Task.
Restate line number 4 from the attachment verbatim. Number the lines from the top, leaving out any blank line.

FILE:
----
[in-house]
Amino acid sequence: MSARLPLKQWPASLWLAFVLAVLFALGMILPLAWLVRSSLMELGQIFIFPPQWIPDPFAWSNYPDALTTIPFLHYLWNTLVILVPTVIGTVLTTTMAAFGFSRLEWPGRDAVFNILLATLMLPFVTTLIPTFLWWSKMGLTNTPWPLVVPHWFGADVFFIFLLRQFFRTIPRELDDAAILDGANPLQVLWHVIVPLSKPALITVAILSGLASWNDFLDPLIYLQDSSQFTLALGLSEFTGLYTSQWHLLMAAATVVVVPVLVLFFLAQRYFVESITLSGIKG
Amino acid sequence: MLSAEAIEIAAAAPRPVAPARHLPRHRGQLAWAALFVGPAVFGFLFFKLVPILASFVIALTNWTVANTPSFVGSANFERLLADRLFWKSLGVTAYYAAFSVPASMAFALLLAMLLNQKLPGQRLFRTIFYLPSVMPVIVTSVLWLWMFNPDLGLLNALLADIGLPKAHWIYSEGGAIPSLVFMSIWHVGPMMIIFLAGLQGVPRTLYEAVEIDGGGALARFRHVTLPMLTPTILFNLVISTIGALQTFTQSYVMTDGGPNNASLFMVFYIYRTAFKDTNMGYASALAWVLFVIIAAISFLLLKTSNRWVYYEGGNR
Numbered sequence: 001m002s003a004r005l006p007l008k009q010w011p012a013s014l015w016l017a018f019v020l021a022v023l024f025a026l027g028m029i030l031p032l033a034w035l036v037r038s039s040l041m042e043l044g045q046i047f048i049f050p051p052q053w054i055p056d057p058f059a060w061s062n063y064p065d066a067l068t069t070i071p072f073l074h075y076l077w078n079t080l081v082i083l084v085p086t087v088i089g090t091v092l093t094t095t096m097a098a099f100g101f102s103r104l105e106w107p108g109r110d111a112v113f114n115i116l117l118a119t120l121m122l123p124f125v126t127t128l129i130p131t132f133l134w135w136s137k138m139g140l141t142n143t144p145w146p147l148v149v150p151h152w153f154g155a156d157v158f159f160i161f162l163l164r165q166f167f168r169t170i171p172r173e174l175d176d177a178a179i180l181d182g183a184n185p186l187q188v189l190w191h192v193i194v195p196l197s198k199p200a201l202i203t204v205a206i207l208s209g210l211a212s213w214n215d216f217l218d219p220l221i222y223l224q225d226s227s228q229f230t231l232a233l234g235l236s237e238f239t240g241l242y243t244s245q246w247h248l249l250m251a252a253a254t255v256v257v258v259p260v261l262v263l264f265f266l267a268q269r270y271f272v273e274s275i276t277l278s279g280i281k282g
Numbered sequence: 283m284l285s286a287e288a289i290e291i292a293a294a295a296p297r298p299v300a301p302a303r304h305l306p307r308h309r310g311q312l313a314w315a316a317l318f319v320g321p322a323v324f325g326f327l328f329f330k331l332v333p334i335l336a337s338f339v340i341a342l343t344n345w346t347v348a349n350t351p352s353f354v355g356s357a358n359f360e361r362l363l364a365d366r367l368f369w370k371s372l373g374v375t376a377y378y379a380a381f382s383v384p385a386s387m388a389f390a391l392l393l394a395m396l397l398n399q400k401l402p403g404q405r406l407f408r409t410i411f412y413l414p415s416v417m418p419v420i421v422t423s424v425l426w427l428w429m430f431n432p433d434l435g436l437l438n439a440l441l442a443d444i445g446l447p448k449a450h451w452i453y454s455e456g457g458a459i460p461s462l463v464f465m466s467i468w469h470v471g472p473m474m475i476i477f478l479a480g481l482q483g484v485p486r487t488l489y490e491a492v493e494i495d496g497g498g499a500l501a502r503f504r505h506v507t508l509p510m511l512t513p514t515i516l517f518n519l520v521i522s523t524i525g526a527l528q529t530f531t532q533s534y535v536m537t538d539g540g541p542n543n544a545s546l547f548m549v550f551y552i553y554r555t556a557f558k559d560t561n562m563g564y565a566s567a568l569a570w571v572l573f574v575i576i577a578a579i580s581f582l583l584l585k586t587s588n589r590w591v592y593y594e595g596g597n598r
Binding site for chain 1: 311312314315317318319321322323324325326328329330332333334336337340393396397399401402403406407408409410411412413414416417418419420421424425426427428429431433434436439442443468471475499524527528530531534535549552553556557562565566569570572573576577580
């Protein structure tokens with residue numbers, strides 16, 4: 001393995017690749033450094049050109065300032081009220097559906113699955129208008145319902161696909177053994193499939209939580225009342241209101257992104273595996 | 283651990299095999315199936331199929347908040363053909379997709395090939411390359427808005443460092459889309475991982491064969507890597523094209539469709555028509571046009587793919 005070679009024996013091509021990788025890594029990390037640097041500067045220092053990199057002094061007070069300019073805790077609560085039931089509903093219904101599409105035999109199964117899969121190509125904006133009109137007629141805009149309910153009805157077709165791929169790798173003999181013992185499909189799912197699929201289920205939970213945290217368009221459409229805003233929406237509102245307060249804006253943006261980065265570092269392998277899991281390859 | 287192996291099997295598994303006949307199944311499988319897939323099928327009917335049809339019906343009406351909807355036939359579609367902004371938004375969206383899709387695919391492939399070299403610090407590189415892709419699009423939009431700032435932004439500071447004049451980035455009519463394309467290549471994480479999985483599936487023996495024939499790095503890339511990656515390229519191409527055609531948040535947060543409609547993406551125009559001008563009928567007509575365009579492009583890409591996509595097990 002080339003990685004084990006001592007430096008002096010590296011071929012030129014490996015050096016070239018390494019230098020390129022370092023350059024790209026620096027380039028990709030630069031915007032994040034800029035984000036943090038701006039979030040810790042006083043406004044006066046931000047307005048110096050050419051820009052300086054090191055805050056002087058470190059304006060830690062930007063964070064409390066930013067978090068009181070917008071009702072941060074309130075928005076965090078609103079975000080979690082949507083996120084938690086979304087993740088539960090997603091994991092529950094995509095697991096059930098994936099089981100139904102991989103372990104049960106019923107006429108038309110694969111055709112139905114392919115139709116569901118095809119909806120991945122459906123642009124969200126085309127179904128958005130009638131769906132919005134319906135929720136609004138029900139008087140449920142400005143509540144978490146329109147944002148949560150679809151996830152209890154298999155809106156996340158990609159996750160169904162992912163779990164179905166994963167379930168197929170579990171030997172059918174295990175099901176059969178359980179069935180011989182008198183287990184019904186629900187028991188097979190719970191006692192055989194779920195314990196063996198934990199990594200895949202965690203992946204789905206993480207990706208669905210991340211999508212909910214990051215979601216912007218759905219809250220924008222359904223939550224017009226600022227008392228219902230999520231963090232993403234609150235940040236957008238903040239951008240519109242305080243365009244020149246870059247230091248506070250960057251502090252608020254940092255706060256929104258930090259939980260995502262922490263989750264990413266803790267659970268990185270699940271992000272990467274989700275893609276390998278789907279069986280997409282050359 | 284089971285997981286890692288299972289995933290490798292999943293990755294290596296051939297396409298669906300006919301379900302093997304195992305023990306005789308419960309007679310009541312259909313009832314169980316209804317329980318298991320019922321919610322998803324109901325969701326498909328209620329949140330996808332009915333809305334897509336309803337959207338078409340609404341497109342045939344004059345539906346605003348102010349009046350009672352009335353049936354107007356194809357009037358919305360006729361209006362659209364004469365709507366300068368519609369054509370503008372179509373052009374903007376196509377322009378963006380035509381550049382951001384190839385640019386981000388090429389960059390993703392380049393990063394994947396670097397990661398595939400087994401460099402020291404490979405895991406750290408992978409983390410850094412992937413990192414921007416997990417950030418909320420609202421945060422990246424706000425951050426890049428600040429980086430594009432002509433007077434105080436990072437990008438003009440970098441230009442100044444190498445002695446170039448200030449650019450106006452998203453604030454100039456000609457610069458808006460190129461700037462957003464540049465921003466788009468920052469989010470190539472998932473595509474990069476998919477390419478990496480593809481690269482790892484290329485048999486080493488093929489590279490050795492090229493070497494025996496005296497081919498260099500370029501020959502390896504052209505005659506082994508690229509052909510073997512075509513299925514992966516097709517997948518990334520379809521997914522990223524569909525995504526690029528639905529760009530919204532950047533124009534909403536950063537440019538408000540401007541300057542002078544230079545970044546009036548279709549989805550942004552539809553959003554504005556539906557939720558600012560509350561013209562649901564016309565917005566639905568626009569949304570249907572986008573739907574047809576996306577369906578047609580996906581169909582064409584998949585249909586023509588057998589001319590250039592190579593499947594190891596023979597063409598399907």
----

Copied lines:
Numbered sequence: 001m002s003a004r005l006p007l008k009q010w011p012a013s014l015w016l017a018f019v020l021a022v023l024f025a026l027g028m029i030l031p032l033a034w035l036v037r038s039s040l041m042e043l044g045q046i047f048i049f050p051p052q053w054i055p056d057p058f059a060w061s062n063y064p065d066a067l068t069t070i071p072f073l074h075y076l077w078n079t080l081v082i083l084v085p086t087v088i089g090t091v092l093t094t095t096m097a098a099f100g101f102s103r104l105e106w107p108g109r110d111a112v113f114n115i116l117l118a119t120l121m122l123p124f125v126t127t128l129i130p131t132f133l134w135w136s137k138m139g140l141t142n143t144p145w146p147l148v149v150p151h152w153f154g155a156d157v158f159f160i161f162l163l164r165q166f167f168r169t170i171p172r173e174l175d176d177a178a179i180l181d182g183a184n185p186l187q188v189l190w191h192v193i194v195p196l197s198k199p200a201l202i203t204v205a206i207l208s209g210l211a212s213w214n215d216f217l218d219p220l221i222y223l224q225d226s227s228q229f230t231l232a233l234g235l236s237e238f239t240g241l242y243t244s245q246w247h248l249l250m251a252a253a254t255v256v257v258v259p260v261l262v263l264f265f266l267a268q269r270y271f272v273e274s275i276t277l278s279g280i281k282g